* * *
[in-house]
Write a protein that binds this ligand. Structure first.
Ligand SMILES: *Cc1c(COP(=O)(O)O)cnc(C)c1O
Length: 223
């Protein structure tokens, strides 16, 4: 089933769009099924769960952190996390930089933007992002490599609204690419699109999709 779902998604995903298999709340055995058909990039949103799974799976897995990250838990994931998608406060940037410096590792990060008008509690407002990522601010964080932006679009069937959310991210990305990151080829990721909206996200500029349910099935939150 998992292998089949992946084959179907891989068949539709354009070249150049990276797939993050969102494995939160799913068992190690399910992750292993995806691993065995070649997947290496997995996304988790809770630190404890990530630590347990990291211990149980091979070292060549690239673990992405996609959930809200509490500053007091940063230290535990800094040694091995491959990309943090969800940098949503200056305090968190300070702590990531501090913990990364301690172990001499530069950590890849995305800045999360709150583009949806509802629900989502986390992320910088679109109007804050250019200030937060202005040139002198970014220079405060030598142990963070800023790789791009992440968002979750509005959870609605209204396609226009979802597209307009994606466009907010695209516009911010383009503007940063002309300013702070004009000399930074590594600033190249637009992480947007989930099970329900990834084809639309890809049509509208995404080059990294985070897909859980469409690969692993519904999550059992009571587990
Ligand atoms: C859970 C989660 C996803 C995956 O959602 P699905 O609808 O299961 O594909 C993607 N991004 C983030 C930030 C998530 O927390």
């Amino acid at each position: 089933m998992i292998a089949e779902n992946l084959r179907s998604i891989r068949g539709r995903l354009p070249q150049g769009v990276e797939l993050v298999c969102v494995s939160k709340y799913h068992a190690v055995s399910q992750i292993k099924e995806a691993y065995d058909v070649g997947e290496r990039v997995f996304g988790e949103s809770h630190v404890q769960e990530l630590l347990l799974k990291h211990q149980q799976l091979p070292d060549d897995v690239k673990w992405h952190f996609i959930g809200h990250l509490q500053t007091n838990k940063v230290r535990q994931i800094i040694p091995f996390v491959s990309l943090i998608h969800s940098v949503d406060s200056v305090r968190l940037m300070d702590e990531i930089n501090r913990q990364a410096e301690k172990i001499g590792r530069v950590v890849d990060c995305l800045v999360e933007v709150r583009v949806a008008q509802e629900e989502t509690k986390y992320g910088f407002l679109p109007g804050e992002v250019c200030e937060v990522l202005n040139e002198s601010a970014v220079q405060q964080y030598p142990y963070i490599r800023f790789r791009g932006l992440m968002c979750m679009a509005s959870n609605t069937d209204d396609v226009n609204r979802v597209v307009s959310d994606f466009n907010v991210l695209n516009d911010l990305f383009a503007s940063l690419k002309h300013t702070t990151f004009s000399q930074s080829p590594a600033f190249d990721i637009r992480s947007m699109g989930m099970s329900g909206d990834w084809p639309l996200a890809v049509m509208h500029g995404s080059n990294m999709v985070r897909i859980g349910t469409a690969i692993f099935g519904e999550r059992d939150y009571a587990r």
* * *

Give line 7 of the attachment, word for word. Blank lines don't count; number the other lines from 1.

């Amino acid at each position: 089933m998992i292998a089949e779902n992946l084959r179907s998604i891989r068949g539709r995903l354009p070249q150049g769009v990276e797939l993050v298999c969102v494995s939160k709340y799913h068992a190690v055995s399910q992750i292993k099924e995806a691993y065995d058909v070649g997947e290496r990039v997995f996304g988790e949103s809770h630190v404890q769960e990530l630590l347990l799974k990291h211990q149980q799976l091979p070292d060549d897995v690239k673990w992405h952190f996609i959930g809200h990250l509490q500053t007091n838990k940063v230290r535990q994931i800094i040694p091995f996390v491959s990309l943090i998608h969800s940098v949503d406060s200056v305090r968190l940037m300070d702590e990531i930089n501090r913990q990364a410096e301690k172990i001499g590792r530069v950590v890849d990060c995305l800045v999360e933007v709150r583009v949806a008008q509802e629900e989502t509690k986390y992320g910088f407002l679109p109007g804050e992002v250019c200030e937060v990522l202005n040139e002198s601010a970014v220079q405060q964080y030598p142990y963070i490599r800023f790789r791009g932006l992440m968002c979750m679009a509005s959870n609605t069937d209204d396609v226009n609204r979802v597209v307009s959310d994606f466009n907010v991210l695209n516009d911010l990305f383009a503007s940063l690419k002309h300013t702070t990151f004009s000399q930074s080829p590594a600033f190249d990721i637009r992480s947007m699109g989930m099970s329900g909206d990834w084809p639309l996200a890809v049509m509208h500029g995404s080059n990294m999709v985070r897909i859980g349910t469409a690969i692993f099935g519904e999550r059992d939150y009571a587990r």